Authenticity is a belated effect. In the beginning was not the original, but rather the reproduction, which makes the concept of authenticity posible in the first place. Authenticity becomes ‘authentic’ only against the background of reproducibility. That means, however, that authenticity is compromised from the start, inauthentic from the start, for its origin lies not in itself, but rather in its opposite, reproduction.
Like authenticity, the aura is essentially determined through its loss. The decline does not happen to, but rather constitutes the aura. The content and contours of the definition of the aura are determined by the fact that it appears only as it is disappearing.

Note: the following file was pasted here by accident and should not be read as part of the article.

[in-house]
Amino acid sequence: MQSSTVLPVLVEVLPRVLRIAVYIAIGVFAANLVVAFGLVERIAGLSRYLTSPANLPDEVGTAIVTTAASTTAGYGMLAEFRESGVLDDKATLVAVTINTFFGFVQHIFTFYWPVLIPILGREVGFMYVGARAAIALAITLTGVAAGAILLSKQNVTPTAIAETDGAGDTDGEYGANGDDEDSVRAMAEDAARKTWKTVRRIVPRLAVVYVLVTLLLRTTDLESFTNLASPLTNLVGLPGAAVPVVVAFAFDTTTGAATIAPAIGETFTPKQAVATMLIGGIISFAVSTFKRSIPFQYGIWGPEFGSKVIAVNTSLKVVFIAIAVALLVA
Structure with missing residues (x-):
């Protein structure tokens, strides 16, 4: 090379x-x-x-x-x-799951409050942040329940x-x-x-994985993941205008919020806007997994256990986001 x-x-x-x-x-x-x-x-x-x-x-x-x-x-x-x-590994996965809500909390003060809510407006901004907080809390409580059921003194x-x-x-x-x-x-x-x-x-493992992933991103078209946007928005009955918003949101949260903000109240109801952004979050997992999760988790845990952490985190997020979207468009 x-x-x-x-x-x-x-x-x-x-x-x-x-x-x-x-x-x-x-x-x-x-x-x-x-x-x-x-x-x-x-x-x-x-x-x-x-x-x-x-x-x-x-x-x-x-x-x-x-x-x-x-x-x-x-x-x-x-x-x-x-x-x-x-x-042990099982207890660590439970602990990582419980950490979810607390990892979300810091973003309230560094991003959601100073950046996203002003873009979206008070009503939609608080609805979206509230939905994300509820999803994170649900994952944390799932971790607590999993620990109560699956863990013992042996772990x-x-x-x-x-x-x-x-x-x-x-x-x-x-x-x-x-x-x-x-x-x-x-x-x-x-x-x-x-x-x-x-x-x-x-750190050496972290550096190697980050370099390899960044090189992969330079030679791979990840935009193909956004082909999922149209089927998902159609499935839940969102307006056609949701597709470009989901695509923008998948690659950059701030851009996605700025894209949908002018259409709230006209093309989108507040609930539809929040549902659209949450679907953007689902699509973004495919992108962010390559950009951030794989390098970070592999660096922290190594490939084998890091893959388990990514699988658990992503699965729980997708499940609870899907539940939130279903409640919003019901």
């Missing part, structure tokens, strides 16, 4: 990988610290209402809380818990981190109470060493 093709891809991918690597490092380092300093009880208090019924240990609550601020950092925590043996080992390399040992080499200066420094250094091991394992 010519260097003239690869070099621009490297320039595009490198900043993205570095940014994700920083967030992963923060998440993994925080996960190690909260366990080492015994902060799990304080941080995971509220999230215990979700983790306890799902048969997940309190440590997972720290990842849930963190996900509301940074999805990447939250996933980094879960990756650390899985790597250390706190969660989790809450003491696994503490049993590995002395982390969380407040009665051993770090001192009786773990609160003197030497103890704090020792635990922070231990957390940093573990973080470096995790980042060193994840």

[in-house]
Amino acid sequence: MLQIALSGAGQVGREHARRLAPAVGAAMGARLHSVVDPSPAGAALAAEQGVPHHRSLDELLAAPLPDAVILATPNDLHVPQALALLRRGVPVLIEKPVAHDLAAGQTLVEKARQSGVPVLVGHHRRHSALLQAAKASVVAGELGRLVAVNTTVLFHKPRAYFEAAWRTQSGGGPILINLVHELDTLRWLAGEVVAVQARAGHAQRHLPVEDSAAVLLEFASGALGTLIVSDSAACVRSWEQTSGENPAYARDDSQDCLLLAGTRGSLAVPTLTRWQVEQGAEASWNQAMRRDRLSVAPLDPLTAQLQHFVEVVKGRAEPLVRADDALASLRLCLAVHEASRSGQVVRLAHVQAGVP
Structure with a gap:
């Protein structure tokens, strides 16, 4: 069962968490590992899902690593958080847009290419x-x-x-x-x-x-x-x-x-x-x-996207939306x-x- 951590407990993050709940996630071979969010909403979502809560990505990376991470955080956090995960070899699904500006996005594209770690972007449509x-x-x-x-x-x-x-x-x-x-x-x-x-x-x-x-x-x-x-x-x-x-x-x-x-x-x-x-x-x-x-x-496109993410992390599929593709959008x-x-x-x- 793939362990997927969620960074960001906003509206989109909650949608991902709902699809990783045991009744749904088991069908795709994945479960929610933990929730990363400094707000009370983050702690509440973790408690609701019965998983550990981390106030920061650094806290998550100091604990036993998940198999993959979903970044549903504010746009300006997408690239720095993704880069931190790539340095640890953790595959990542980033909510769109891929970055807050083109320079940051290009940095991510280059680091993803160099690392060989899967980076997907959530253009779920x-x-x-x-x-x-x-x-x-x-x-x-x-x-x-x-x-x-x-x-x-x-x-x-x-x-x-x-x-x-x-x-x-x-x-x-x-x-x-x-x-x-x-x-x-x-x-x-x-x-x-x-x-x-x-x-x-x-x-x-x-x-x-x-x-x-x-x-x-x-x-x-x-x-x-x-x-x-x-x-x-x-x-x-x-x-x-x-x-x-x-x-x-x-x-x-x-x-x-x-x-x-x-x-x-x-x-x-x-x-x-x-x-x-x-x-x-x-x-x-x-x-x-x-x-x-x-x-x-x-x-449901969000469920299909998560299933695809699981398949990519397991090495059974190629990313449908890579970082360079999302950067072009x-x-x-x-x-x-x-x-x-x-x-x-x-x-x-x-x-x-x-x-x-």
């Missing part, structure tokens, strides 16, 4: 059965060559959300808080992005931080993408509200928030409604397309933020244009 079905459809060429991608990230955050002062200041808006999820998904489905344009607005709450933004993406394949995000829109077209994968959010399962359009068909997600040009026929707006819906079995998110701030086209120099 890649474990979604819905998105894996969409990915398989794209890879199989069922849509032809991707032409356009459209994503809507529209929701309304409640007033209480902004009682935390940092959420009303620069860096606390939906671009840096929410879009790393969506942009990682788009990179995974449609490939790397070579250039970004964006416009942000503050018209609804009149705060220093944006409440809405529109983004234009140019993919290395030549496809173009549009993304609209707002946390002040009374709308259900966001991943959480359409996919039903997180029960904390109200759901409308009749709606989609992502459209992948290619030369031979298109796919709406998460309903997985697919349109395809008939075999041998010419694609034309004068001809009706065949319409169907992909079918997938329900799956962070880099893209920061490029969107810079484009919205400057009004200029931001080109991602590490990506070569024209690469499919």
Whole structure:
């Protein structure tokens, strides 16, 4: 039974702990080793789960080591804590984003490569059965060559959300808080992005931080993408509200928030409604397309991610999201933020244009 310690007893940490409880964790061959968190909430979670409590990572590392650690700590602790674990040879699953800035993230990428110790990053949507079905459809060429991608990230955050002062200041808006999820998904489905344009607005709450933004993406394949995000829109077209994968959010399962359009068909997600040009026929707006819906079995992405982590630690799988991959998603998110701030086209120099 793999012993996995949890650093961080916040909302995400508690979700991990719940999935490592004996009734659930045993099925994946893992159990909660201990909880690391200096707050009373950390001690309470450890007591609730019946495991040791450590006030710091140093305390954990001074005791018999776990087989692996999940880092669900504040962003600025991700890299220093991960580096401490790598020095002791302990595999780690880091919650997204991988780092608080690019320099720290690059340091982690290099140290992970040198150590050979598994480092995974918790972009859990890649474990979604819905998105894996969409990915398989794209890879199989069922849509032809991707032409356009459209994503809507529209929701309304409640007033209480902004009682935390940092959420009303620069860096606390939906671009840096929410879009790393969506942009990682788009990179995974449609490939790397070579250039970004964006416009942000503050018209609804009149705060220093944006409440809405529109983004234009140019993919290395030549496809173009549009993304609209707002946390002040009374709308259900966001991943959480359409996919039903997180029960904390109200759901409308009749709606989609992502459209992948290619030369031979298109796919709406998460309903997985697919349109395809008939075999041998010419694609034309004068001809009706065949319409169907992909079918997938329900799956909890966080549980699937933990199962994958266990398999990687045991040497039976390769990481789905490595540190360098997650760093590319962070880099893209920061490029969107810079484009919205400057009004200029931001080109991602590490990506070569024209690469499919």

However, the loss of the aura requires no further explanation, for the aura itself is the explanation. To the extent that Benjamin attempts to circumscribe history ‘in its name’, the aura is just as much the result of a shattered tradition as the act, the deed of shattering. That is why the aura is not a concept in the classical sense, but rather in the Hegelian one: act and result at once. That a concept such as the aura has at all become conceivable is thus a sign that art is no longer auratic. But the fact that Benjamin describes the history of art from the perspective of its aura, and the manner in which he describes this, gives the concept performative qualities.
Eva Geulen: “Under construction. Walter Benjamin’s ‘The Work of Art in the Age of Mechanical Reproduction'”
In Gerhard Richter (ed.): Benjamin’s ghosts. Interventions in contemporary literary and cultural theory
Stanford University Press, 2002